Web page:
Speech production is another common indication for surgery. The effect of ankyloglossia on speech has been a subject of debate. Some children with tongue-tie are able to develop normal speech without treatment, whereas others have articulation difficulties. The speech problems associated with ankyloglossia are typically the production of lingual dental sounds (such as t, d) and sibilants (such as z, s, th). Up to one-half of young children with ankyloglossia referred for otolaryngology evaluation have articulation difficulties. The 2 main surgical approaches are frenotomy and frenuloplasty.


The most common treatment of ankyloglossia in infants is frenotomy by incising a few millimeters into the lingual frenulum when it is thin. Frenotomy can be performed at the bedside or in the clinic with or without topical anesthesia. In general, the discomfort associated with release of thin frenulum is very brief. If desired, oral sucrose solution may be given a few minutes before the procedure to provide short-term analgesia.

The infant is positioned directly in front of the surgeon. Fingers or a groove retractor is placed on either side of the frenulum, and the ventral surface of the tongue is exposed. A hemostat is used to clamp the frenulum in order to reduce bleeding. Iris scissors are used to divide the frenulum. Care is taken to avoid injury to the submandibular ducts. Two or more sequential cuts may be needed to accomplish a complete release. The incision does not require sutures. Feeding is allowed immediately after the procedure. Bleeding is generally scant and controlled with pressure or breastfeeding. Complications associated with this procedure are usually negligible.


In older children, frenuloplasty with sutures is generally performed to allow a more complete release. Local anesthesia in clinic may be considered for cooperative older children. If surgery is deferred until the child is more than 1 year old or the frenulum is thick, general anesthesia is normally preferred. When general anesthesia is used, intermittent mask ventilation is usually sufficient. Local anesthetic with epinephrine can be infiltrated at the surgical site to improve hemostasis and postprocedure pain. The tongue is retracted superiorly with a groove retractor or a penetrating clamp to expose the frenulum. The frenulum is sharply divided in a horizontal fashion to the level of ventral tongue. This division creates a diamond-shaped defect. The incision needs to be carried posteriorly until the tongue is sufficiently released to allow protrusion. Hemostasis is obtained with electrical cautery. The defect is then closed in a vertical fashion with interrupted absorbable sutures. For more severe ankyloglossia, Z-plasty reconstruction of the floor of the mouth may be considered. Prophylactic antibiotics are not prescribed because infection is rare.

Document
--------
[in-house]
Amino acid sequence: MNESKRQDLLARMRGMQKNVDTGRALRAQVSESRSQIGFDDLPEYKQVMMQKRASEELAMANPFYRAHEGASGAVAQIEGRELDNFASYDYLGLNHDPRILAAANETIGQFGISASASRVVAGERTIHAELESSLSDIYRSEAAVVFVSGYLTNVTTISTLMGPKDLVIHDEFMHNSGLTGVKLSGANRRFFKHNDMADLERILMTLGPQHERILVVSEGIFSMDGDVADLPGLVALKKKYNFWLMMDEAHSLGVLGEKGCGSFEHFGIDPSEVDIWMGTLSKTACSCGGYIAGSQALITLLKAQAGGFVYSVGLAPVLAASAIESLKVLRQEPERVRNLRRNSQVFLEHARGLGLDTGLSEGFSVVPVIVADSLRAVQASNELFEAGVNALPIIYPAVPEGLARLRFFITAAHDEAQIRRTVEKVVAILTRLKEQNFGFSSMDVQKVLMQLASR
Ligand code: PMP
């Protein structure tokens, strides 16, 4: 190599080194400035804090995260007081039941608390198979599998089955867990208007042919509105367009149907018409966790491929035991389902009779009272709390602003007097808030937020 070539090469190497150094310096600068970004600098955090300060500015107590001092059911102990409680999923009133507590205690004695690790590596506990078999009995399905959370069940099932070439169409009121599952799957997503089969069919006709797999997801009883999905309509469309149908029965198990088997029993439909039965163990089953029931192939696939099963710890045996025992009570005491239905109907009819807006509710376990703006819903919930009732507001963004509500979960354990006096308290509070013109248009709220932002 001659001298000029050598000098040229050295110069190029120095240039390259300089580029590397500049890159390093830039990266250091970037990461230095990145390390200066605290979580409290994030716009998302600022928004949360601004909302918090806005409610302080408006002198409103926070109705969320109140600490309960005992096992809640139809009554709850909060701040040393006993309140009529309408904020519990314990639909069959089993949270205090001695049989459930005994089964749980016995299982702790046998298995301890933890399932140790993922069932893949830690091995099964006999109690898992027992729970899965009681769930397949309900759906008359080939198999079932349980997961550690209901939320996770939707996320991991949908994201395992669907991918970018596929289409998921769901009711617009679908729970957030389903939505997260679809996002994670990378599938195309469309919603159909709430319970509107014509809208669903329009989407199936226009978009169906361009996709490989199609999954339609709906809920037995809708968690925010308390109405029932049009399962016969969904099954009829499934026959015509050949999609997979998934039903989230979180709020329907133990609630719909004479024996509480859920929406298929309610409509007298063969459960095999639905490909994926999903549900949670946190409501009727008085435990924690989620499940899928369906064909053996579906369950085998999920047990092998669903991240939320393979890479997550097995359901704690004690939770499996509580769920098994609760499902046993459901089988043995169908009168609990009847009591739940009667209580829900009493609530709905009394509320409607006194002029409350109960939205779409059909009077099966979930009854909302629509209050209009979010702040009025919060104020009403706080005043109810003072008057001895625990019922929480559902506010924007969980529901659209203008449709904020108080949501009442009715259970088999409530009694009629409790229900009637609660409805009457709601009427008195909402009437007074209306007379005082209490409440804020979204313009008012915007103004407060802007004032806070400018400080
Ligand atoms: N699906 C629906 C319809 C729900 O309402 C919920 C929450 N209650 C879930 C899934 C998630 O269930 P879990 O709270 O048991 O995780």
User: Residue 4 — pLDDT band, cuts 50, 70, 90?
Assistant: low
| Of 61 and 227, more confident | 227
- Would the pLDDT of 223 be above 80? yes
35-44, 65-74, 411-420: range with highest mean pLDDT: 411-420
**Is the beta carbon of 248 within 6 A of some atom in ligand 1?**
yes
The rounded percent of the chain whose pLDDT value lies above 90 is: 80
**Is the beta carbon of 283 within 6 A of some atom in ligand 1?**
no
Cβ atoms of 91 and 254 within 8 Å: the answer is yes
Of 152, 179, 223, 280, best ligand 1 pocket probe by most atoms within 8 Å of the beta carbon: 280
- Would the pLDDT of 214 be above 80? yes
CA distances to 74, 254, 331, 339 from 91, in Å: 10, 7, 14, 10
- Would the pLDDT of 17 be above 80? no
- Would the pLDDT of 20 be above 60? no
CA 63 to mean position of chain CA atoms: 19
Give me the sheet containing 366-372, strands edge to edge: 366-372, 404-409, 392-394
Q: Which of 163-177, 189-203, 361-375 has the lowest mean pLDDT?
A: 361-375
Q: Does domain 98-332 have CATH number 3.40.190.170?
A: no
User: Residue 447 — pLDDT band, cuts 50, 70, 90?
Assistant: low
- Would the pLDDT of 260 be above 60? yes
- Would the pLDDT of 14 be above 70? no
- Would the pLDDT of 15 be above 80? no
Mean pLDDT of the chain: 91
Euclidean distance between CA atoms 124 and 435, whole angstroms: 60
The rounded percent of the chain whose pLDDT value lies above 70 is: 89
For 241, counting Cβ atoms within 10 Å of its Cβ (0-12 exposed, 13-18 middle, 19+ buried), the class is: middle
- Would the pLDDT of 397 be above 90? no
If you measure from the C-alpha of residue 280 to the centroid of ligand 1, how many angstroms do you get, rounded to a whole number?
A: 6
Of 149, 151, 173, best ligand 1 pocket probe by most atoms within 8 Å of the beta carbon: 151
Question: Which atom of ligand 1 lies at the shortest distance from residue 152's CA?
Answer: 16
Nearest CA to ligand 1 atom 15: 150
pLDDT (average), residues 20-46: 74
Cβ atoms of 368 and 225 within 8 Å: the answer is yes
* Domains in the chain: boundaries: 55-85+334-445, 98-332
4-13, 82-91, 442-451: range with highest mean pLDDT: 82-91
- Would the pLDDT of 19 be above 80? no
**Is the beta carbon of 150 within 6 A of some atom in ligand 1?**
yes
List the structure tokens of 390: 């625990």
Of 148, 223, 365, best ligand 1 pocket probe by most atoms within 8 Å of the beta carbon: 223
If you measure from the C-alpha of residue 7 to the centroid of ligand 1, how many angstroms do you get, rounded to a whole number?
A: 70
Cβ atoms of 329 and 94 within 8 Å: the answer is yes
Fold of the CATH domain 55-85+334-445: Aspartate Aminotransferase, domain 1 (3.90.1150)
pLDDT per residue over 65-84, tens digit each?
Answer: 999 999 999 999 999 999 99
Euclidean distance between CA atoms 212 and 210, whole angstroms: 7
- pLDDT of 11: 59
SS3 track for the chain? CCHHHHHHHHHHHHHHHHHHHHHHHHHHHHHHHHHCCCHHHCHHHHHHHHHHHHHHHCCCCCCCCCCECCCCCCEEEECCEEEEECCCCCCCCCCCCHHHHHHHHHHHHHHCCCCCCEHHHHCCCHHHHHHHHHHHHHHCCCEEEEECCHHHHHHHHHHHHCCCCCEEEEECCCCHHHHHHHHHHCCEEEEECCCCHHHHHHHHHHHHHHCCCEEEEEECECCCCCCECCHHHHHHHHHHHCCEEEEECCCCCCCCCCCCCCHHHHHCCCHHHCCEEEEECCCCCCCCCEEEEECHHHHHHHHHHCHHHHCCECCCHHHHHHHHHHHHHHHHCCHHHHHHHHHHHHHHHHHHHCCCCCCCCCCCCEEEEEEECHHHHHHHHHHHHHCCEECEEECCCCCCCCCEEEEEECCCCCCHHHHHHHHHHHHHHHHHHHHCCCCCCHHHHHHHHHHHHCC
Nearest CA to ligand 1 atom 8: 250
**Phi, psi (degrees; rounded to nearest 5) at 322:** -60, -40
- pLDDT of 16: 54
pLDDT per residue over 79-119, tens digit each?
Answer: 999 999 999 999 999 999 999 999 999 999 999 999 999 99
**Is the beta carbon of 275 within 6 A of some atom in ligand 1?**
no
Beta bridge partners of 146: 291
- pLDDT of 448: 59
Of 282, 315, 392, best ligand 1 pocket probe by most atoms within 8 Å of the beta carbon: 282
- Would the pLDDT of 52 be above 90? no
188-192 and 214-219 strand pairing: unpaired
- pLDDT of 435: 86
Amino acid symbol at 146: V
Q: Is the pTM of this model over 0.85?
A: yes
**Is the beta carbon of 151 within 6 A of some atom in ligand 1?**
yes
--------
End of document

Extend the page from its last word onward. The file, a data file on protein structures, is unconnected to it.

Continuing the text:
VPD results in failure of the VP port to close appropriately during speech production. It is characterized by hypernasal resonance and nasal air emissions. VPD includes VP incompetence, VP mislearning, and VP insufficiency (VPI).

VP incompetence is caused by poor motor speech function despite adequate anatomy. Patients with VP incompetence are likely to improve with speech therapy. VP mislearning includes disordered speech behaviors such as compensatory misarticulations in spite of normal VP anatomy and function. VPI is caused by incomplete closure of the VP port during speech production.

Cleft palate is the most common congenital anomaly associated with VPI. Unrepaired cleft palate predictably results in VPI. Speech production is the main indication for cleft palate repair. Patients who undergo cleft palate repair remain at risk for developing VPI, particularly if the misaligned soft palate musculature is not addressed, resulting in a situation similar to submucous cleft palate. The estimated frequency of VPI after cleft palate repair ranges from 10% to 40%. Increased palatal cleft width may be associated with a higher risk of VPI after palate repair.